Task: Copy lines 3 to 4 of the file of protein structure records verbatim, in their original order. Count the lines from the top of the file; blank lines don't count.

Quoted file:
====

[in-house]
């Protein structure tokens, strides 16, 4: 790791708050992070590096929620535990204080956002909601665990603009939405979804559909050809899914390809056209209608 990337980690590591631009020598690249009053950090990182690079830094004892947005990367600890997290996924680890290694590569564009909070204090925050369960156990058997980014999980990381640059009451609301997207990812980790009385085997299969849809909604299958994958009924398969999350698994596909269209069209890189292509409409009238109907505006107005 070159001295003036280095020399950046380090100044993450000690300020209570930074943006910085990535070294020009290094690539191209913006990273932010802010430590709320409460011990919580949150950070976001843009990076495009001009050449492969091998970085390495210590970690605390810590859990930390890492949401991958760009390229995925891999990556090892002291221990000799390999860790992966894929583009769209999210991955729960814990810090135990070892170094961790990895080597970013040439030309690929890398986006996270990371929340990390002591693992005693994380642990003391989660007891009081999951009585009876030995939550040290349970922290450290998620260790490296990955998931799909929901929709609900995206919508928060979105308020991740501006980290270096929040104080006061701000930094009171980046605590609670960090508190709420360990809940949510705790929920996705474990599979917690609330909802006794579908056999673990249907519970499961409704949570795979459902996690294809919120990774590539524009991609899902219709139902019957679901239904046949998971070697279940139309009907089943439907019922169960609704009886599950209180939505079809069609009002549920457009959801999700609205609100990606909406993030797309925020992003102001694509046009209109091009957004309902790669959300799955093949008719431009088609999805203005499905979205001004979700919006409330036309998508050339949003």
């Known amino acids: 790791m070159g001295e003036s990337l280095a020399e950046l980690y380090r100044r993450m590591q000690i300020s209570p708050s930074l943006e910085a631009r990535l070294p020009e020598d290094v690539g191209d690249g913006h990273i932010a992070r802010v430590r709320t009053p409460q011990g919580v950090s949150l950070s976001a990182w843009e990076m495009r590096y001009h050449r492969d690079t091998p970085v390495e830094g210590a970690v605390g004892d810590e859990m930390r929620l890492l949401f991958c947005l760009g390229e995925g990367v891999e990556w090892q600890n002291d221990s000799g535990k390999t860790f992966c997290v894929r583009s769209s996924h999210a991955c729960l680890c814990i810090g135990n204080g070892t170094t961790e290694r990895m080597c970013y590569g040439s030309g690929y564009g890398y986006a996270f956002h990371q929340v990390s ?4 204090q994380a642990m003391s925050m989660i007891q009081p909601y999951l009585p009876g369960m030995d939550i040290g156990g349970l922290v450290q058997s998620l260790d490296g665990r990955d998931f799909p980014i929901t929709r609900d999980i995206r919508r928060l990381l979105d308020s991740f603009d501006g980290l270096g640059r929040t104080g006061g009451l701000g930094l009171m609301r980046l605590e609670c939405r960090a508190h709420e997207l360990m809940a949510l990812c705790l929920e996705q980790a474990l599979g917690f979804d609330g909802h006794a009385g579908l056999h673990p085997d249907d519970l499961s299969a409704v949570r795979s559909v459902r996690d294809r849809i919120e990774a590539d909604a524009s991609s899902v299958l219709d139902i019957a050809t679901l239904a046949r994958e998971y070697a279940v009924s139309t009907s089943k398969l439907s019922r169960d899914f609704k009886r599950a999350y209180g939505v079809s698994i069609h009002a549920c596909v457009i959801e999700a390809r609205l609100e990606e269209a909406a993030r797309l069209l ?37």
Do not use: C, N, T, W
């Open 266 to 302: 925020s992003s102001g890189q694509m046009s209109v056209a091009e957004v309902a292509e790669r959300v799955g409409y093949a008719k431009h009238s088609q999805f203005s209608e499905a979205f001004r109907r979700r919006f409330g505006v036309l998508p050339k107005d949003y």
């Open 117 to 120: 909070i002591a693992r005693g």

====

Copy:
């Known amino acids: 790791m070159g001295e003036s990337l280095a020399e950046l980690y380090r100044r993450m590591q000690i300020s209570p708050s930074l943006e910085a631009r990535l070294p020009e020598d290094v690539g191209d690249g913006h990273i932010a992070r802010v430590r709320t009053p409460q011990g919580v950090s949150l950070s976001a990182w843009e990076m495009r590096y001009h050449r492969d690079t091998p970085v390495e830094g210590a970690v605390g004892d810590e859990m930390r929620l890492l949401f991958c947005l760009g390229e995925g990367v891999e990556w090892q600890n002291d221990s000799g535990k390999t860790f992966c997290v894929r583009s769209s996924h999210a991955c729960l680890c814990i810090g135990n204080g070892t170094t961790e290694r990895m080597c970013y590569g040439s030309g690929y564009g890398y986006a996270f956002h990371q929340v990390s ?4 204090q994380a642990m003391s925050m989660i007891q009081p909601y999951l009585p009876g369960m030995d939550i040290g156990g349970l922290v450290q058997s998620l260790d490296g665990r990955d998931f799909p980014i929901t929709r609900d999980i995206r919508r928060l990381l979105d308020s991740f603009d501006g980290l270096g640059r929040t104080g006061g009451l701000g930094l009171m609301r980046l605590e609670c939405r960090a508190h709420e997207l360990m809940a949510l990812c705790l929920e996705q980790a474990l599979g917690f979804d609330g909802h006794a009385g579908l056999h673990p085997d249907d519970l499961s299969a409704v949570r795979s559909v459902r996690d294809r849809i919120e990774a590539d909604a524009s991609s899902v299958l219709d139902i019957a050809t679901l239904a046949r994958e998971y070697a279940v009924s139309t009907s089943k398969l439907s019922r169960d899914f609704k009886r599950a999350y209180g939505v079809s698994i069609h009002a549920c596909v457009i959801e999700a390809r609205l609100e990606e269209a909406a993030r797309l069209l ?37």
Do not use: C, N, T, W